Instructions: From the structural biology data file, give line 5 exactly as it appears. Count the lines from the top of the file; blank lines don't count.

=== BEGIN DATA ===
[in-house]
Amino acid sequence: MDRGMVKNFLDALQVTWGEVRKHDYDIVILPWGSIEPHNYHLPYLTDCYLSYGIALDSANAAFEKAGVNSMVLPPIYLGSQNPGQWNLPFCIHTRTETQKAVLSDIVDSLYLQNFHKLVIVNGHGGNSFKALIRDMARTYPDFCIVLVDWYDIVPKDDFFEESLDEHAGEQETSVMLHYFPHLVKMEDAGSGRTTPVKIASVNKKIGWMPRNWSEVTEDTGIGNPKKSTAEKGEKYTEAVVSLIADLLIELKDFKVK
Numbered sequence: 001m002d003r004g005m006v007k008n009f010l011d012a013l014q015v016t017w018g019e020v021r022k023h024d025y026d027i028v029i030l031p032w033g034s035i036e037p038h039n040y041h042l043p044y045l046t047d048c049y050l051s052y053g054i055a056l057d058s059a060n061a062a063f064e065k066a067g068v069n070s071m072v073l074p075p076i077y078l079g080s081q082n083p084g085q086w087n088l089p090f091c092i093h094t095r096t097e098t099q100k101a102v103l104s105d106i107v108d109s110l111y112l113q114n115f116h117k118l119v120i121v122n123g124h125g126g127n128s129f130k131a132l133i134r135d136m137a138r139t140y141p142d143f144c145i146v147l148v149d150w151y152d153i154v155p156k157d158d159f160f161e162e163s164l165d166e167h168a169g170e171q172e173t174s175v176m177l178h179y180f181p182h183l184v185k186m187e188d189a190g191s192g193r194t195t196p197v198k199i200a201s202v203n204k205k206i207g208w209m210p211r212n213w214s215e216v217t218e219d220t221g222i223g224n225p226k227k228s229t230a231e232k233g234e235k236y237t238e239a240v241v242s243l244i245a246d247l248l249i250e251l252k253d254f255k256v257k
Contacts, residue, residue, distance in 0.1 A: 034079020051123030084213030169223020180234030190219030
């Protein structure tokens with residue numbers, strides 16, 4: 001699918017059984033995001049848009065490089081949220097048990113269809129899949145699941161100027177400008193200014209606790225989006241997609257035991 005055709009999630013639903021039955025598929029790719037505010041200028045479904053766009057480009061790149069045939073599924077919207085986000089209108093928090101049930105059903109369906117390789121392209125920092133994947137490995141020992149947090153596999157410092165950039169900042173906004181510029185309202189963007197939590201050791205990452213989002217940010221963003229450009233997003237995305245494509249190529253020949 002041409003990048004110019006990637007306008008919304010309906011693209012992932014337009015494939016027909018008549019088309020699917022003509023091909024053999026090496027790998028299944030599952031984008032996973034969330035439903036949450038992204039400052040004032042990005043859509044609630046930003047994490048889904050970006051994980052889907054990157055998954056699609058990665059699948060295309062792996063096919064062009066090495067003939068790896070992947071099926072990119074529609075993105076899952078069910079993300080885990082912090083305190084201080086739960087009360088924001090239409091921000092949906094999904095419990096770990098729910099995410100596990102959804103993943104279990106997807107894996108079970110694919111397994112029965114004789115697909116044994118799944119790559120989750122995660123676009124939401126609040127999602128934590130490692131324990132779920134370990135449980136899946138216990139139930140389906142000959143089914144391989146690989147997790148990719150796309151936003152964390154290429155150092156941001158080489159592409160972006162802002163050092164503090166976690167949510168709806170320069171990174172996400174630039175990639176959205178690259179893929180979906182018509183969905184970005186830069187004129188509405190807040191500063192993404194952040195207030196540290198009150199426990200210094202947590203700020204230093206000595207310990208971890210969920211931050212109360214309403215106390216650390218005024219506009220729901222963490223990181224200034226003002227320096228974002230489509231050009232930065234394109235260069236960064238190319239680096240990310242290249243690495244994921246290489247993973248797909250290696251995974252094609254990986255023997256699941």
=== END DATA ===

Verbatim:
């Protein structure tokens with residue numbers, strides 16, 4: 001699918017059984033995001049848009065490089081949220097048990113269809129899949145699941161100027177400008193200014209606790225989006241997609257035991 005055709009999630013639903021039955025598929029790719037505010041200028045479904053766009057480009061790149069045939073599924077919207085986000089209108093928090101049930105059903109369906117390789121392209125920092133994947137490995141020992149947090153596999157410092165950039169900042173906004181510029185309202189963007197939590201050791205990452213989002217940010221963003229450009233997003237995305245494509249190529253020949 002041409003990048004110019006990637007306008008919304010309906011693209012992932014337009015494939016027909018008549019088309020699917022003509023091909024053999026090496027790998028299944030599952031984008032996973034969330035439903036949450038992204039400052040004032042990005043859509044609630046930003047994490048889904050970006051994980052889907054990157055998954056699609058990665059699948060295309062792996063096919064062009066090495067003939068790896070992947071099926072990119074529609075993105076899952078069910079993300080885990082912090083305190084201080086739960087009360088924001090239409091921000092949906094999904095419990096770990098729910099995410100596990102959804103993943104279990106997807107894996108079970110694919111397994112029965114004789115697909116044994118799944119790559120989750122995660123676009124939401126609040127999602128934590130490692131324990132779920134370990135449980136899946138216990139139930140389906142000959143089914144391989146690989147997790148990719150796309151936003152964390154290429155150092156941001158080489159592409160972006162802002163050092164503090166976690167949510168709806170320069171990174172996400174630039175990639176959205178690259179893929180979906182018509183969905184970005186830069187004129188509405190807040191500063192993404194952040195207030196540290198009150199426990200210094202947590203700020204230093206000595207310990208971890210969920211931050212109360214309403215106390216650390218005024219506009220729901222963490223990181224200034226003002227320096228974002230489509231050009232930065234394109235260069236960064238190319239680096240990310242290249243690495244994921246290489247993973248797909250290696251995974252094609254990986255023997256699941």